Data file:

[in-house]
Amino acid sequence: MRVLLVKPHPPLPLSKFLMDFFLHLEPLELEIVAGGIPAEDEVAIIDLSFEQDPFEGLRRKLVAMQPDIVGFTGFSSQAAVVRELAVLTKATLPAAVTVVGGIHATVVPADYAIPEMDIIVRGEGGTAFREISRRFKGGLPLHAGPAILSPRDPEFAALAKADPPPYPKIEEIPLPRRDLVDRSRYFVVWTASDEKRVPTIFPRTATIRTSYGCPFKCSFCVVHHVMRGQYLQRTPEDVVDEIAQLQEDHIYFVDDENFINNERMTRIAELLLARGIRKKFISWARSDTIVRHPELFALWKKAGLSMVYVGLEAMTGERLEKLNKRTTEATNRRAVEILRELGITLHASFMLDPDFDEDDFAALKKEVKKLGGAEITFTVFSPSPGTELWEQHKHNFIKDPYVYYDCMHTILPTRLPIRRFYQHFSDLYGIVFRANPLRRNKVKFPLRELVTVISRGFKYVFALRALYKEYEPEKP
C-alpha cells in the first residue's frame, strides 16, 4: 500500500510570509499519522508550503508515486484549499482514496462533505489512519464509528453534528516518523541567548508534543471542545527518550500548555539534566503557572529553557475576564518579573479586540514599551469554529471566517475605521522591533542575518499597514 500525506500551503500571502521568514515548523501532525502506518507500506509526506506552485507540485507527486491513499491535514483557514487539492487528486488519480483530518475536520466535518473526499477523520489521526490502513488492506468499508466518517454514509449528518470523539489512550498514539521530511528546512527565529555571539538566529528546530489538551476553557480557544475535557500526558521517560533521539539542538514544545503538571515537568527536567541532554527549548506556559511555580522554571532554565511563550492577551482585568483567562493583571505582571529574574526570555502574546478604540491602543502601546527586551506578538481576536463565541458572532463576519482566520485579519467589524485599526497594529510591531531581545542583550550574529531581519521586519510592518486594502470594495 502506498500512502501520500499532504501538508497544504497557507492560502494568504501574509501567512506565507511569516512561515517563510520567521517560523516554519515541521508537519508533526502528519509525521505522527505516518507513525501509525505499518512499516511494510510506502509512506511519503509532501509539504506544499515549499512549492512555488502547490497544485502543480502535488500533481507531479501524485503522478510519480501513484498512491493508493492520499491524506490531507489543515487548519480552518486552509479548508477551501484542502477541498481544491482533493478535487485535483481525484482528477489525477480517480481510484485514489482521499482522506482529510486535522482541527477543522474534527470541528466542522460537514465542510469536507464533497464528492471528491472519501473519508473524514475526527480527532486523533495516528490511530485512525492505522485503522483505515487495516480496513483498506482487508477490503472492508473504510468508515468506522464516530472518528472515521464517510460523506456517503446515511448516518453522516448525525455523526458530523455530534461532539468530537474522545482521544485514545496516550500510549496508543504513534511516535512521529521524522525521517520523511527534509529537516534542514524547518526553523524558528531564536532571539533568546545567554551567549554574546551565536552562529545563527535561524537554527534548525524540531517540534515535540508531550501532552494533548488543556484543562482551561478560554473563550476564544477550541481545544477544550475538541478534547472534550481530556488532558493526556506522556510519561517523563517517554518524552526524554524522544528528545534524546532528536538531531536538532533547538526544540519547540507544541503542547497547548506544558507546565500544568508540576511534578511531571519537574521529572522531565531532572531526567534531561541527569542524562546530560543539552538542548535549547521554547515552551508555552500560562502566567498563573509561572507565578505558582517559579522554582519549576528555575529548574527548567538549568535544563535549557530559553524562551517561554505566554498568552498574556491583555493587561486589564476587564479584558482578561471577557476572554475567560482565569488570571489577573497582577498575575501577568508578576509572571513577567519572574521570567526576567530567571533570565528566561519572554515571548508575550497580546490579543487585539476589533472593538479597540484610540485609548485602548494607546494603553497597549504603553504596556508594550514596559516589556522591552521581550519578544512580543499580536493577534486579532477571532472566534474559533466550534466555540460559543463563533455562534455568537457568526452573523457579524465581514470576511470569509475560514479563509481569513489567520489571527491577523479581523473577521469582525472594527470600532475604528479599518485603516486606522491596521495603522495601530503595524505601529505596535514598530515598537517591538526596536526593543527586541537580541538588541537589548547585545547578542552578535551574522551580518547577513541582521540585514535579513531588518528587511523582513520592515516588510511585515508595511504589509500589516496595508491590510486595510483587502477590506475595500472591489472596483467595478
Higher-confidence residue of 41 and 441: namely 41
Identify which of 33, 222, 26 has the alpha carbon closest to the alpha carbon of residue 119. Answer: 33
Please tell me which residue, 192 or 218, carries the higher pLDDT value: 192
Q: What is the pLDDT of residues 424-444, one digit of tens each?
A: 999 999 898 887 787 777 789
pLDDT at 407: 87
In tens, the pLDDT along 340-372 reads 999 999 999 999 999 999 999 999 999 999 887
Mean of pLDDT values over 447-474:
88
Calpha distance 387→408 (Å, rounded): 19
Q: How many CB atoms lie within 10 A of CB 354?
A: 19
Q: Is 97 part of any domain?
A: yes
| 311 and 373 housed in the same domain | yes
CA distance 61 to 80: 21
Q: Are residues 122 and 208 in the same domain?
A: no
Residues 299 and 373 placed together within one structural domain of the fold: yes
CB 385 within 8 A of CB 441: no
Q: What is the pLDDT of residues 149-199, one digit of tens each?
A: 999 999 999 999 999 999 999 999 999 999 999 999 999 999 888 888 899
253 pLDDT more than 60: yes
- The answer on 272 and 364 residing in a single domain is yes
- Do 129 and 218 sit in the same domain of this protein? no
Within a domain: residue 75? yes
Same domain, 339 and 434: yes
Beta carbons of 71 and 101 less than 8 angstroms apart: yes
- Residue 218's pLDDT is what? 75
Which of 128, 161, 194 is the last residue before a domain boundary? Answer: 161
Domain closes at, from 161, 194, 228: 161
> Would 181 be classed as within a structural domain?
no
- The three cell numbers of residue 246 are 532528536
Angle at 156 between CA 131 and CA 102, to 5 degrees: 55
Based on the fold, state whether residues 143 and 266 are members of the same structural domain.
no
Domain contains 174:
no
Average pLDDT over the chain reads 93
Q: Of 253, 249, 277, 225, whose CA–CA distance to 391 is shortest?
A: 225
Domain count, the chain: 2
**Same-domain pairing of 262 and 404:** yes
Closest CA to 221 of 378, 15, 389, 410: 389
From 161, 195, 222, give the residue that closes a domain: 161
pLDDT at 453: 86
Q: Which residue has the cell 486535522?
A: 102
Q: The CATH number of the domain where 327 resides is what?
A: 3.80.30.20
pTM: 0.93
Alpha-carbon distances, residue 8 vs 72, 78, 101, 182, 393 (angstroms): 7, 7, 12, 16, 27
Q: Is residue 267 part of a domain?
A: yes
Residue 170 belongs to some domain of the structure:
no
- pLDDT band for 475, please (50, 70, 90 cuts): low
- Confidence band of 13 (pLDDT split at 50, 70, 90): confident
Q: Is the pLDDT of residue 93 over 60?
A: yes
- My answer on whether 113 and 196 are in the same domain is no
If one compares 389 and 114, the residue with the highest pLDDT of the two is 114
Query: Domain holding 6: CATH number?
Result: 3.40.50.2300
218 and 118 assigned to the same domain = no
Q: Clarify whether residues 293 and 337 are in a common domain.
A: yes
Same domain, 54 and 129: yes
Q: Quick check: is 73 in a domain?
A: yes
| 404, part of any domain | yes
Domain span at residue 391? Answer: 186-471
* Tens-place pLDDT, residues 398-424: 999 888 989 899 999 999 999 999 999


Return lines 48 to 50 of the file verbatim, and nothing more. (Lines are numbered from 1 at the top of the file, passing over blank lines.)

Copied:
Closest CA to 221 of 378, 15, 389, 410: 389
From 161, 195, 222, give the residue that closes a domain: 161
pLDDT at 453: 86